In the beginning was … well, what? A clap of the divine hands and a poetic shock wave? Or an itchy node of nothingness inconceivably scratching itself into somethingness? In the beginning was the Word, says the Gospel according to John—a lovely statement of the case, as it’s always seemed to me. A pre-temporal syllable swelling to utterance in the mouth of the universe, spoken once and heard forever: God’s power chord, if you like. For David Bentley Hart, however, whose mind-bending translation of the New Testament was published in October, the Word—as a word—does not suffice: He finds it to be “a curiously bland and impenetrable designation” for the heady concept expressed in the original Greek of the Gospels as Logos. The Chinese word Tao might get at it, Hart tells us, but English has nothing with quite the metaphysical flavor of Logos, the particular sense of a formative moral energy diffusing itself, without diminution, through space and time. So he throws up his hands and leaves it where it is: “In the origin there was the Logos …”
It’s significant, this act of lexical surrender, because if you’d bet on anyone to come up with a fancy English word for Logos, it’d be David Bentley Hart. Vocabulary is not his problem, unless you think he has too much of it. A scholar, theologian, and cultural commentator, Hart is also a stylist; or rather, the prickly and slightly preening polemical exhibition that is his style is indivisible from his role as a scholarly and theologically oriented cultural commentator. Like G. K. Chesterton, he has one essential argument: that God is the foundation of our being and that every human life therefore has its beginning and its end in eternity. He rehearses this argument in numberless witty variations against whichever non-God ideology happens to slouch beneath his pen: materialism, scientism, consumerism, pornographism … And he can sound a Chestertonian note. “My chief purpose,” he wrote in 2013’s The Experience of God, “is not to advise atheists on what I think they should believe; I want merely to make sure that they have a clear concept of what it is they claim not to believe.”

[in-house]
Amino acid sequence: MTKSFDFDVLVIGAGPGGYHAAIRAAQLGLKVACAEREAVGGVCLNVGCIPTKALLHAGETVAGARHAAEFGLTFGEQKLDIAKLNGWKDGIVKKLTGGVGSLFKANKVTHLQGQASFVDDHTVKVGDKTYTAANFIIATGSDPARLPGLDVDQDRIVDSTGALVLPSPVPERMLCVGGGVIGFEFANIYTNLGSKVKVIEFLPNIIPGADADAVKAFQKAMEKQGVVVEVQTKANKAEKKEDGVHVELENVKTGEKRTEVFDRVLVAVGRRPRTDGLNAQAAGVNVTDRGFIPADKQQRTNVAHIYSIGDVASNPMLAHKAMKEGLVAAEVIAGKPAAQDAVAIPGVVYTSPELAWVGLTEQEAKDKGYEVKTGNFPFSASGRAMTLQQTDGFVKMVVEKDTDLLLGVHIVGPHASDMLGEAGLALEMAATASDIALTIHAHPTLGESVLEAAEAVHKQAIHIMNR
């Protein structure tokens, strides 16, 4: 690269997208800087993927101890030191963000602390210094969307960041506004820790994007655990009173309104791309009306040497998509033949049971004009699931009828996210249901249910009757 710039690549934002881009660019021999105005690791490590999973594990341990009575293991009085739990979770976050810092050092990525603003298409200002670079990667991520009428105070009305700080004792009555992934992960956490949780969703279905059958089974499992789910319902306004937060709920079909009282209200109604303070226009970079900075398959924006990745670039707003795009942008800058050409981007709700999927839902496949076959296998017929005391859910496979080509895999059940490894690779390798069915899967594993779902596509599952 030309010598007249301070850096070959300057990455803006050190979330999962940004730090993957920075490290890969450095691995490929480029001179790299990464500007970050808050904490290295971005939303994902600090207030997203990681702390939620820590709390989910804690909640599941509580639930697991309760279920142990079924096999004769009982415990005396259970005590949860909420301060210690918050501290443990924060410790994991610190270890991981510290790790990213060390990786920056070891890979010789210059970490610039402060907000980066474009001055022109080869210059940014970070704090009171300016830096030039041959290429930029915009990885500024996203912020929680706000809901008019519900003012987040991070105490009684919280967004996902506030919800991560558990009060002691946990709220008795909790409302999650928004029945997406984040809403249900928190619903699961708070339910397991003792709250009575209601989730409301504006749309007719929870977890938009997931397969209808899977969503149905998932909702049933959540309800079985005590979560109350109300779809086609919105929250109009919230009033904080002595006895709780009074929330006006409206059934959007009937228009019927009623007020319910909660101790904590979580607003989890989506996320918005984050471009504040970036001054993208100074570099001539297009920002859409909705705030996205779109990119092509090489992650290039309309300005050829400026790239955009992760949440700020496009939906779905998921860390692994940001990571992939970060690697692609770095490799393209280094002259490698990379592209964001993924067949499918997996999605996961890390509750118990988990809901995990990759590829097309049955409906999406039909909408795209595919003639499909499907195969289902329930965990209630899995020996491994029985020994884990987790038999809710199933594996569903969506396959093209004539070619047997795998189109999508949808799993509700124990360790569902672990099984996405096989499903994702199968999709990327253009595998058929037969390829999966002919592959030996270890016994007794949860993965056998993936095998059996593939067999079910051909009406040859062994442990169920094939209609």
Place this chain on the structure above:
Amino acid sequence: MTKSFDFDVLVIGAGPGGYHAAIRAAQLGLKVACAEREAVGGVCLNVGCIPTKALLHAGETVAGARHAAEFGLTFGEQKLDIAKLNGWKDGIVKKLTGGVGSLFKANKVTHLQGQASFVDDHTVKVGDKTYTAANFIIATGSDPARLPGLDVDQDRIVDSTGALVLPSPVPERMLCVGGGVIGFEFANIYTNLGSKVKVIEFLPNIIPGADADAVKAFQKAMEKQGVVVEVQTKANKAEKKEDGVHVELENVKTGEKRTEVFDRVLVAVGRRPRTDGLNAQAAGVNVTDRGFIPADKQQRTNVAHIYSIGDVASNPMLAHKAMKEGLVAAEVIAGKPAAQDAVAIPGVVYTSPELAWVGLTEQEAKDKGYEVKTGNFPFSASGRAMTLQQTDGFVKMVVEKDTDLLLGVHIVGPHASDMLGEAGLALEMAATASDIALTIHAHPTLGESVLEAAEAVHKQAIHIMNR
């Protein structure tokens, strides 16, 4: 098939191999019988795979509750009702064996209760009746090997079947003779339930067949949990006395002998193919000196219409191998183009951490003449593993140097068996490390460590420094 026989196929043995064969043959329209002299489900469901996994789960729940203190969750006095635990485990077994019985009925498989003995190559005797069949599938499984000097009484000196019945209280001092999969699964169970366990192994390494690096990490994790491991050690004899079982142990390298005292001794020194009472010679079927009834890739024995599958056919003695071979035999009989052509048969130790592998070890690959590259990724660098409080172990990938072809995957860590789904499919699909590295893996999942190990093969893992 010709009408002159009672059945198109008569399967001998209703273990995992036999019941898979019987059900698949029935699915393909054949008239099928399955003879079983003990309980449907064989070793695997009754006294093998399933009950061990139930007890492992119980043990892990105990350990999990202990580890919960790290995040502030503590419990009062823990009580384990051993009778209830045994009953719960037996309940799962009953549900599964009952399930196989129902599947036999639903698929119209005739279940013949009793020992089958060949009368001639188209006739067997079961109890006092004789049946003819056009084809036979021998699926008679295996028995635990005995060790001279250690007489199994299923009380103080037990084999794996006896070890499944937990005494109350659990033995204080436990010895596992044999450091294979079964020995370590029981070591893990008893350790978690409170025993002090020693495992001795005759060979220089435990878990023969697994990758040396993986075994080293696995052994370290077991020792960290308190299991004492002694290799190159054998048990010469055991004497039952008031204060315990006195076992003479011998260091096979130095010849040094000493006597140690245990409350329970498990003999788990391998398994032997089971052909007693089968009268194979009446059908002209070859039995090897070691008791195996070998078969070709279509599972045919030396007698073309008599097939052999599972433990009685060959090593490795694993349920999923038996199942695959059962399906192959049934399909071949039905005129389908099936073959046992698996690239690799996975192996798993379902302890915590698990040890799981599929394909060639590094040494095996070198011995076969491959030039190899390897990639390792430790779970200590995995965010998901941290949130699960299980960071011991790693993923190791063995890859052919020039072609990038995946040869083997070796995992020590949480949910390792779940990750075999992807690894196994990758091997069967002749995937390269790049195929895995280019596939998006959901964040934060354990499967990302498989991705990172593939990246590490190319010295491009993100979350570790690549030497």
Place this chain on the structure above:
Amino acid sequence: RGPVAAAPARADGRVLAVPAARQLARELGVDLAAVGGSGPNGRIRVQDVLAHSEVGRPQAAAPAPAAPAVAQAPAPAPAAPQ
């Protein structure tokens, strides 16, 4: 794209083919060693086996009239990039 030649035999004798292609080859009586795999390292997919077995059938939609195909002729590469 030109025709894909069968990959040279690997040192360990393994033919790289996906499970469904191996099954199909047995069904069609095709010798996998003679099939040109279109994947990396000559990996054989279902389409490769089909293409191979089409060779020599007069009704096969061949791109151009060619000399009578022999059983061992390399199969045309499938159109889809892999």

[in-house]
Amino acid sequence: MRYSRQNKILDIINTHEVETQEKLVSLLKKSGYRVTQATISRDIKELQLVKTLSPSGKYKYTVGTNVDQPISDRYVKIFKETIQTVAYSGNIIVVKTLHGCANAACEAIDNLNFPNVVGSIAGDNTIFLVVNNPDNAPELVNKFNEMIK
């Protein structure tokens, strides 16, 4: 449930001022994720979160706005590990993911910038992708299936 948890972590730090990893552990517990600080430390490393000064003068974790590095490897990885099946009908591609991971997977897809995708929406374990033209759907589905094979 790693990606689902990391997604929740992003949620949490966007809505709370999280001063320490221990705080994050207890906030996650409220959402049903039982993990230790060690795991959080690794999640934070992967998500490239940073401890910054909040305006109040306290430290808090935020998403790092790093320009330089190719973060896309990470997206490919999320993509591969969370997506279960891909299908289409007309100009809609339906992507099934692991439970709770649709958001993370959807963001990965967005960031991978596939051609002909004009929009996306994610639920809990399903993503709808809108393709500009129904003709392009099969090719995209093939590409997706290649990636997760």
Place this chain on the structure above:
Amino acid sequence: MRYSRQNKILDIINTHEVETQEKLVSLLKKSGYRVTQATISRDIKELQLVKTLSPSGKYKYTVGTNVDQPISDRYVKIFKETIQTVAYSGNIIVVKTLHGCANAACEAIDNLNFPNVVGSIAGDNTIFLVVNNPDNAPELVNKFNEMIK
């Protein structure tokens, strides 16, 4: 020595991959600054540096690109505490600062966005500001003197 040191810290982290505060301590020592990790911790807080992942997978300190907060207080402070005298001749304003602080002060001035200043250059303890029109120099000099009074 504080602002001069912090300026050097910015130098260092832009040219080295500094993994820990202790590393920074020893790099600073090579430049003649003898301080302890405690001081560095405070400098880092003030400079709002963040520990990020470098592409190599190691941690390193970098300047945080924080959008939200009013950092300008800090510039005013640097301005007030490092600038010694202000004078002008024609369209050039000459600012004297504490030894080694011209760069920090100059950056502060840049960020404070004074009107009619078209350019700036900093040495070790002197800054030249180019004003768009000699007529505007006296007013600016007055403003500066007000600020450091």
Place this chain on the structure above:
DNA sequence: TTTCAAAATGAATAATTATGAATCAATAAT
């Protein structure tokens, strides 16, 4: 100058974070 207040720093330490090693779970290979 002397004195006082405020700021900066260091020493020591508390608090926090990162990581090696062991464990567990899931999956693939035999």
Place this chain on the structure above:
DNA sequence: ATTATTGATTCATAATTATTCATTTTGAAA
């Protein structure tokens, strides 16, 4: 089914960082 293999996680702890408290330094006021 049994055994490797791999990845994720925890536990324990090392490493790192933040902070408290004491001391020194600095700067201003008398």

“Where an author has written bad Greek … I have written bad English.”